Civil Service Law is concerned with what is called the Classified Service. It is comprised of “all offices and positions not included in the unclassified service”. The Classified service is further broken down into 4 classes: competitive, non-competitive, labor and exempt. The jurisdictional class of each title is very important because it governs both the way the positions can be filled and what rights incumbent’s posses under Civil Service law and rules. All titles that are removed from the competitive class and placed into one of the other jurisdictional classes must appear as such in our Dutchess County Rules.
Competitive Class – As defined by Section 44 of Civil Service Law, this class includes all positions for which it is practicable to determine merit and fitness by competitive exam. All titles, when first created, automatically fall into this jurisdictional class. To remove a title from the competitive class, our office must propose specific reasons to the state civil service commission. These positions have the most requirements to fill, and the incumbents have the most rights in areas such as retention, discipline and layoff.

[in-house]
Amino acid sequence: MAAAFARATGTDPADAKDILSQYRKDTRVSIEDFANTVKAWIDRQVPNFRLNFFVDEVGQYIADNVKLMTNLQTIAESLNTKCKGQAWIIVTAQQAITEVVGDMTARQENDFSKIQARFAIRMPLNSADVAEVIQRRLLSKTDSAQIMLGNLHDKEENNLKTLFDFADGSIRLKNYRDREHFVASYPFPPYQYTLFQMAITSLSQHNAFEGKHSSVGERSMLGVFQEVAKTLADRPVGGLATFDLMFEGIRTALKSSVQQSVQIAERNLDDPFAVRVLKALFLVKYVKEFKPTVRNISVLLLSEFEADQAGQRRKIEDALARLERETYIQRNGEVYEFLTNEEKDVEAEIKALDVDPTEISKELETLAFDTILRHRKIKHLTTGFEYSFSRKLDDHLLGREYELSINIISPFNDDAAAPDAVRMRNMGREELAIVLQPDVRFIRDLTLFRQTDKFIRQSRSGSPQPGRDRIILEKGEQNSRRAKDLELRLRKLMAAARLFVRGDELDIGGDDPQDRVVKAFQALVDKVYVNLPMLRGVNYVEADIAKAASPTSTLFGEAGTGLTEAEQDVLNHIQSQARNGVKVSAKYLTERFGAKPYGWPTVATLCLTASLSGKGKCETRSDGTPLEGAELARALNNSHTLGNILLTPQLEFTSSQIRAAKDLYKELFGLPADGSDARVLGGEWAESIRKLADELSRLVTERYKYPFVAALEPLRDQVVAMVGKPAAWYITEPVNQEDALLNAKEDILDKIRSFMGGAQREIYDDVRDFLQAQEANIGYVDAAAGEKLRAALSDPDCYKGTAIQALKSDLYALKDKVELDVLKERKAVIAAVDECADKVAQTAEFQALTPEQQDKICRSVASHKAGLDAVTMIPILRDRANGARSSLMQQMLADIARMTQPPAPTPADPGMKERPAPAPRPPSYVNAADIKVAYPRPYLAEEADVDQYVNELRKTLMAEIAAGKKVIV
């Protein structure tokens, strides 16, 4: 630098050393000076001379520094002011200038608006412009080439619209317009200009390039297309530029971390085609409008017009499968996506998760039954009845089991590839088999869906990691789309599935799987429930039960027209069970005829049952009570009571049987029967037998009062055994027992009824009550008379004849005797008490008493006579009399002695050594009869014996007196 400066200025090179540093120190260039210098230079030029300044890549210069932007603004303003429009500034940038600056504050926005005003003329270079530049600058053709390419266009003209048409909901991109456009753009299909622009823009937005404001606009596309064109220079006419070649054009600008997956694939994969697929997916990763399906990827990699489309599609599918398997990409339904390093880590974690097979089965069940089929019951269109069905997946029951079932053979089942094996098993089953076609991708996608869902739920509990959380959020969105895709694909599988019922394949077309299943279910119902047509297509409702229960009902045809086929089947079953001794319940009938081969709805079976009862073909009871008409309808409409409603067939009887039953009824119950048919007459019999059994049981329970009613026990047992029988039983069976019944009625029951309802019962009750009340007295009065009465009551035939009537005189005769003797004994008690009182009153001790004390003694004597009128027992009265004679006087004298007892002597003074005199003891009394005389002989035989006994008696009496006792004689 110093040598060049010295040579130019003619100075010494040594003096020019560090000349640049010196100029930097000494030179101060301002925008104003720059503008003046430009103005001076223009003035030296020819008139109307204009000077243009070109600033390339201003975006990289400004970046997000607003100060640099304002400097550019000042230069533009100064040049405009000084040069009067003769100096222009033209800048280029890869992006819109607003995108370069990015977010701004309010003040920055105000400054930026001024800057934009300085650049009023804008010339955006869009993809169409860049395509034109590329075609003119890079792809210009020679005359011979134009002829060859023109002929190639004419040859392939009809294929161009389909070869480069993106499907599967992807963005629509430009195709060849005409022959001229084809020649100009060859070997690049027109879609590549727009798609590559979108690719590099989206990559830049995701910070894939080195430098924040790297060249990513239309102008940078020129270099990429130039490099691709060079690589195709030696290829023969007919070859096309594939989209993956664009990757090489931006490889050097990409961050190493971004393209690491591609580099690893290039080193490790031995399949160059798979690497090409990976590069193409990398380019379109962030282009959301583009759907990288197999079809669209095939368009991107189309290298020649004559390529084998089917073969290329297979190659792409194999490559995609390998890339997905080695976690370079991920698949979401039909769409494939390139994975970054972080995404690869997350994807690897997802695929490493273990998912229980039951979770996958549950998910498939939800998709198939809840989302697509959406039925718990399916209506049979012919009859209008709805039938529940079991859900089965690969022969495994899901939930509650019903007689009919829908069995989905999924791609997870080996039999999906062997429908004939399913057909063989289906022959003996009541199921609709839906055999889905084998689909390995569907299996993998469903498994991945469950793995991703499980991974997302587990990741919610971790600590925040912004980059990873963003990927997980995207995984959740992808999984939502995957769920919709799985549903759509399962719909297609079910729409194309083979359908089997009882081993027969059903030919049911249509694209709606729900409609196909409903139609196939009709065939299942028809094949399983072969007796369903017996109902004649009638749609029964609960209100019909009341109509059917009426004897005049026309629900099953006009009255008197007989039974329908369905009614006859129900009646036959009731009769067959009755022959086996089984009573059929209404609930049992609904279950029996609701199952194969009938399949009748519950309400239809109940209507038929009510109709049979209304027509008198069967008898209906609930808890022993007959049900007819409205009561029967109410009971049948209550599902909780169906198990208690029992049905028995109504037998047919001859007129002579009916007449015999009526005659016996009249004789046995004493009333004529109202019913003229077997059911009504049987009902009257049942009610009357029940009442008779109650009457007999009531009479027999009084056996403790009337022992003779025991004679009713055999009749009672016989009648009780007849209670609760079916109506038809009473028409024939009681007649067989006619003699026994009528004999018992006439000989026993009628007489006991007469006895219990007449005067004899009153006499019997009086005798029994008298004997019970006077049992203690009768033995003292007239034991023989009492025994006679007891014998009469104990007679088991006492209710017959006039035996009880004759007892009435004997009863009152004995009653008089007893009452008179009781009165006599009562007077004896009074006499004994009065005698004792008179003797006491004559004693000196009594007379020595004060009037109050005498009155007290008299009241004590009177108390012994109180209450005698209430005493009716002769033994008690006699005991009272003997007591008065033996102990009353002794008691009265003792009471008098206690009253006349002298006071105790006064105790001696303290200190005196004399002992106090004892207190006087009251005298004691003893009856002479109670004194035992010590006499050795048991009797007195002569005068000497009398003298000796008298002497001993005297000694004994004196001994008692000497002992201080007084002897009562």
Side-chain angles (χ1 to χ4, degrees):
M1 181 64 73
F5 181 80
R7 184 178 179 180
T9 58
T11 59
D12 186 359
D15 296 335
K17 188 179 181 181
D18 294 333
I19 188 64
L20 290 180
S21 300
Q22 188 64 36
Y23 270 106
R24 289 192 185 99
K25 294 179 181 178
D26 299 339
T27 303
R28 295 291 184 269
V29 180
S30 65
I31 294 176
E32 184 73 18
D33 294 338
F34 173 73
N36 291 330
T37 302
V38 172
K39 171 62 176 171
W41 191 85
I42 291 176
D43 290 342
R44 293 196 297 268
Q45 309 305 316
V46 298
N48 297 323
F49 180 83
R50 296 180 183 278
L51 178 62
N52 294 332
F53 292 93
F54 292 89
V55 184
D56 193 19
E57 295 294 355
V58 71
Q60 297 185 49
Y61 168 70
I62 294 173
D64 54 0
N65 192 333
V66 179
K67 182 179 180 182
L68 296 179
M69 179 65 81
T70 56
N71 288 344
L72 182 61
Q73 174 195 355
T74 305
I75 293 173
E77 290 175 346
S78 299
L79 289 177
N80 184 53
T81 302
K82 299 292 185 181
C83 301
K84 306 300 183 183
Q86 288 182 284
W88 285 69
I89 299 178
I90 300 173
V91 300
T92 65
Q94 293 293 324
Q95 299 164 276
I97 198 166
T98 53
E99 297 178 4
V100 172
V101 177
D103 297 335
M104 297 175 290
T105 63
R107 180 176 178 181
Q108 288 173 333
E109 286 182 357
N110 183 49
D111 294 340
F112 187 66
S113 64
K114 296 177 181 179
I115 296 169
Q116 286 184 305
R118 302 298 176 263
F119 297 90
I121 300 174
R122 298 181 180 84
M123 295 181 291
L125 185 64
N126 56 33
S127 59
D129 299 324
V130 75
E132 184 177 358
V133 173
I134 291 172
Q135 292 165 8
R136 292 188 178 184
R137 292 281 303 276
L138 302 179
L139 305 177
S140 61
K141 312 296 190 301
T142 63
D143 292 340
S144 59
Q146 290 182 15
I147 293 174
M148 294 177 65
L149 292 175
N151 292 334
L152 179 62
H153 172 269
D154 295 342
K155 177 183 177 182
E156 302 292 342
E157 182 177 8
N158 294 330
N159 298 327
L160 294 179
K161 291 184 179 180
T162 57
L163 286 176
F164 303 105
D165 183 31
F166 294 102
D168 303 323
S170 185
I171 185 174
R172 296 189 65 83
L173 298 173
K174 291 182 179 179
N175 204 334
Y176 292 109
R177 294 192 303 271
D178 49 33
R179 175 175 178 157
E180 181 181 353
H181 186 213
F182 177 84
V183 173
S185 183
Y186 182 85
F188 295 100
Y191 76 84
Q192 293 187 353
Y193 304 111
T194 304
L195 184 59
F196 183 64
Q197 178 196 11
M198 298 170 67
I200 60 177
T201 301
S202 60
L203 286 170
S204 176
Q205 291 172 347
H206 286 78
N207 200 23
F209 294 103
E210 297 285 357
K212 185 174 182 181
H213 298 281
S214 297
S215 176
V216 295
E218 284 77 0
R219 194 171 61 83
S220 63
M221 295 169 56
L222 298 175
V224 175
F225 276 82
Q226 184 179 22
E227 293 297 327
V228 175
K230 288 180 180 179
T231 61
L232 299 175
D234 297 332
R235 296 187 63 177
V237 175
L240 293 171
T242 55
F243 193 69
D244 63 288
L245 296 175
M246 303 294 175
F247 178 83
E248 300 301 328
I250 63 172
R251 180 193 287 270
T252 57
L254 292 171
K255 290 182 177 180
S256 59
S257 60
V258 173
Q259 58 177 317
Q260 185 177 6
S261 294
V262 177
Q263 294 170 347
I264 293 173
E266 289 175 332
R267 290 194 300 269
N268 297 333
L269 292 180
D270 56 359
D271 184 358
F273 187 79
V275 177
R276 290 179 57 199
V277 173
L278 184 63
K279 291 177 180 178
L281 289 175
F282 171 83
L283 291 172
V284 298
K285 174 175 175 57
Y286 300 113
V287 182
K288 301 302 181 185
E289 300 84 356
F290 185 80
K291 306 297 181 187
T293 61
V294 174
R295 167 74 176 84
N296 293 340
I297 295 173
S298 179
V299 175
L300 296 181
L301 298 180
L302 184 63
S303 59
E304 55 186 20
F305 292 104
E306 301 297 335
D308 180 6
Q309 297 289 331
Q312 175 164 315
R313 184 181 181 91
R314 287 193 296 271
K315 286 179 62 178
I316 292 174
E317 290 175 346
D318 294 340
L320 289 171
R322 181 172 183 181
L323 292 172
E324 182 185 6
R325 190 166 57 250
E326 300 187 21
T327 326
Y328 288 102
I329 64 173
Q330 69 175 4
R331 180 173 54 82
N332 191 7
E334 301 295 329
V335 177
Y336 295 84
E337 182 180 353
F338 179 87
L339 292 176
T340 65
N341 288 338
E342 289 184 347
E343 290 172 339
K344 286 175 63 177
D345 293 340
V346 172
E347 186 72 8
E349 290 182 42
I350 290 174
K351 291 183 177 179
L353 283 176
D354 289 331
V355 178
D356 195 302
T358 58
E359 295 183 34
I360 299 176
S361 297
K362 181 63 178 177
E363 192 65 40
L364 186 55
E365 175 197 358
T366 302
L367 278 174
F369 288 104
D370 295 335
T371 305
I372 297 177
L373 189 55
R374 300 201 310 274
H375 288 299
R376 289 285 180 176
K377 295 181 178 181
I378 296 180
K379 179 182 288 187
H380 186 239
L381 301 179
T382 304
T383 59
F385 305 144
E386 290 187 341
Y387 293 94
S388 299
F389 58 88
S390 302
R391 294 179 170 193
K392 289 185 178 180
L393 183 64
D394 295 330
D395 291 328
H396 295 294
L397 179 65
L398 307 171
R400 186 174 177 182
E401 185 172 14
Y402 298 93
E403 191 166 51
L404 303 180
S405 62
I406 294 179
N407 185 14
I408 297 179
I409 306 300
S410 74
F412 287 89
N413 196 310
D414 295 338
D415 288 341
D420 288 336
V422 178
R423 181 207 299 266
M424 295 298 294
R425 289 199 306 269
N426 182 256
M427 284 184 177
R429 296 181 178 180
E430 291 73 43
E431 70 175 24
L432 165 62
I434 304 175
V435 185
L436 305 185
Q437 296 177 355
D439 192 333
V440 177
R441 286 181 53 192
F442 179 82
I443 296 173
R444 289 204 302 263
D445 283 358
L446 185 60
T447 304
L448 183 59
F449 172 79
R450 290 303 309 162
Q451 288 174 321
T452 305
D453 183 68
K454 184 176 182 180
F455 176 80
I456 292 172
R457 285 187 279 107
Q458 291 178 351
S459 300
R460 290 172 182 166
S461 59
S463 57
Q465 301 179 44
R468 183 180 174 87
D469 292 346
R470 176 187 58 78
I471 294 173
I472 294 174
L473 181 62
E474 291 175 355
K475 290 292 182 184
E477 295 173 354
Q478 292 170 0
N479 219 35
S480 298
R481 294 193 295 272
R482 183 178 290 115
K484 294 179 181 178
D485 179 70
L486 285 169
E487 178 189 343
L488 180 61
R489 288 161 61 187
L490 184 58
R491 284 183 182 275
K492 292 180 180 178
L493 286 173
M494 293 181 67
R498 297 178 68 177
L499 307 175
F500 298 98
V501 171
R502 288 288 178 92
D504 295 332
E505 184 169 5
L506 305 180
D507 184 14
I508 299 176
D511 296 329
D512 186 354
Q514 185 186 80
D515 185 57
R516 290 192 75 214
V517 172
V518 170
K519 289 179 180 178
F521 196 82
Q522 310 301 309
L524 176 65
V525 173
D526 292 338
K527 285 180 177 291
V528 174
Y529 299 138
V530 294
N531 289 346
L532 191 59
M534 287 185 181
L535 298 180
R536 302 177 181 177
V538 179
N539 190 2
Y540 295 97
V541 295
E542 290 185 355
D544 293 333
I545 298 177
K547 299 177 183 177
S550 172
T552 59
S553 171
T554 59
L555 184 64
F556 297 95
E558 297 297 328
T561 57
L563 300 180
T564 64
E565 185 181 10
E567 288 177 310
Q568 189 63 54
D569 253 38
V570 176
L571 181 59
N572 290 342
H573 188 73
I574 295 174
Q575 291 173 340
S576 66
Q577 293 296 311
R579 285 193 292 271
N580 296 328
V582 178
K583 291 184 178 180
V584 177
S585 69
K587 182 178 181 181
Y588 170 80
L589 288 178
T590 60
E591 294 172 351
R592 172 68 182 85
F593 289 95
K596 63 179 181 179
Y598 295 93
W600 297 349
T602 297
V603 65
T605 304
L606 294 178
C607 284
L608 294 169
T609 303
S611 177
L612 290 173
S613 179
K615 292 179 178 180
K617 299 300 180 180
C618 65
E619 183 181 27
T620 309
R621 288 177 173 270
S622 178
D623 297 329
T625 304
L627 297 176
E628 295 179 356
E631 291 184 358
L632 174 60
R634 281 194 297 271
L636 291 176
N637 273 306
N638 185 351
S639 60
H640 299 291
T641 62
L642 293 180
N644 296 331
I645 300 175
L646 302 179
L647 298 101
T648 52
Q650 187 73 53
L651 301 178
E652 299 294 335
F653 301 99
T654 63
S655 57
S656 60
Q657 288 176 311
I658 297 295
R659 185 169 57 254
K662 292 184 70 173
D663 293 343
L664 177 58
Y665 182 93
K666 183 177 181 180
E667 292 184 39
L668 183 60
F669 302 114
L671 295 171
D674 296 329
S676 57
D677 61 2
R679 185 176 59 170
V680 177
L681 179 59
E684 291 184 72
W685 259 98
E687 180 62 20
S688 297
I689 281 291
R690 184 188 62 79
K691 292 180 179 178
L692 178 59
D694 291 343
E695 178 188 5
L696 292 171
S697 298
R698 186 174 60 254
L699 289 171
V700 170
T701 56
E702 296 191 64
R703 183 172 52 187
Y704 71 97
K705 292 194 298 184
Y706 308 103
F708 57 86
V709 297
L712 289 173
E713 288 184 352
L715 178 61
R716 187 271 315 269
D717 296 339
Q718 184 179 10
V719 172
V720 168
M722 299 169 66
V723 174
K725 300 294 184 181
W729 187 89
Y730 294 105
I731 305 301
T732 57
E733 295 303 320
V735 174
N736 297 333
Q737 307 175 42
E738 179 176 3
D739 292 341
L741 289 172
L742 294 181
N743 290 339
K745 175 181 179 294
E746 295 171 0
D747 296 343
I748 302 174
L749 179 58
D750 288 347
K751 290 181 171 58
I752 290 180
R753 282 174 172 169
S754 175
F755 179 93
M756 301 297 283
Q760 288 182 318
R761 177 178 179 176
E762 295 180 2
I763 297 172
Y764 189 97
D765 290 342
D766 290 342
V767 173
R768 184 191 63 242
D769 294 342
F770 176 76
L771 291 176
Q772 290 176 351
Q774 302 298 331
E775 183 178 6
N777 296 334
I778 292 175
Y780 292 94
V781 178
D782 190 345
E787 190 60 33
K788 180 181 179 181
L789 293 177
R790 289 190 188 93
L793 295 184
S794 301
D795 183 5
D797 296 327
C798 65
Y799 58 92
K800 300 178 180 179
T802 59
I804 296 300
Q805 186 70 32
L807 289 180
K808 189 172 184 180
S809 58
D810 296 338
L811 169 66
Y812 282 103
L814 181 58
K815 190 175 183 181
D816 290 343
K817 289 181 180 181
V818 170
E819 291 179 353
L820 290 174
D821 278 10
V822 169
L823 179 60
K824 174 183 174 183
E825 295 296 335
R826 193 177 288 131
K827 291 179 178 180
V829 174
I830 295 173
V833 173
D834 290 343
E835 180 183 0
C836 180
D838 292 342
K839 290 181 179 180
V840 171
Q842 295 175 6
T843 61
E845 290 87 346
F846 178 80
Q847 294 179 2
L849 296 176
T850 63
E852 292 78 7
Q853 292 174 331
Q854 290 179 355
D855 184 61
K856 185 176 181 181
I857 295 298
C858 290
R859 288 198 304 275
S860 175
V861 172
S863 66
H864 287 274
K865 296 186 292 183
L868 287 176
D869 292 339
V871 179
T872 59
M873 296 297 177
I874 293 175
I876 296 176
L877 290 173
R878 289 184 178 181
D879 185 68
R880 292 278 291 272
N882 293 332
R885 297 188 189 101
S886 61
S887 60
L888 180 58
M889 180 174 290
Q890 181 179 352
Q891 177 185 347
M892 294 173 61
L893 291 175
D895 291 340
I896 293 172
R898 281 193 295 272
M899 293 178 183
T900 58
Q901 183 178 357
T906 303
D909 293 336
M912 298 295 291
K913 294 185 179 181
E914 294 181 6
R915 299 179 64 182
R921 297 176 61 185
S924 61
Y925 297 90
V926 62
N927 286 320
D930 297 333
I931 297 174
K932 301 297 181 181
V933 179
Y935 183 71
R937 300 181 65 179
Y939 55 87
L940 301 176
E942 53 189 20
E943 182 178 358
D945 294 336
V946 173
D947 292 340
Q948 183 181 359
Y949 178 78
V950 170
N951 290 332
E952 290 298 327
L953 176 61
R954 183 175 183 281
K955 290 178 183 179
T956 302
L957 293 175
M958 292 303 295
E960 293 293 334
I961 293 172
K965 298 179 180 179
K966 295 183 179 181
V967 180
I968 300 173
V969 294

Non-competitive Class – Section 42 of Civil Service Law states that these are titles that do not fall under the specifics of labor or exempt jurisdictional classes, and which have been found by the state commission to be not practicable for testing by competitive exam. Unlike labor class positions, these positions generally have some type of minimum qualification.
Labor Class – According to Section 43, these positions are comprised of unskilled laborers. As such, they do not have minimum qualifications.
Exempt Class – Section 41 of Civil Service Law specifies positions which fall into the exempt class as follows:
Take note that most of these items specifically mention “authorized by law.” These positions do not have minimum qualifications, and employees essentially serve at will.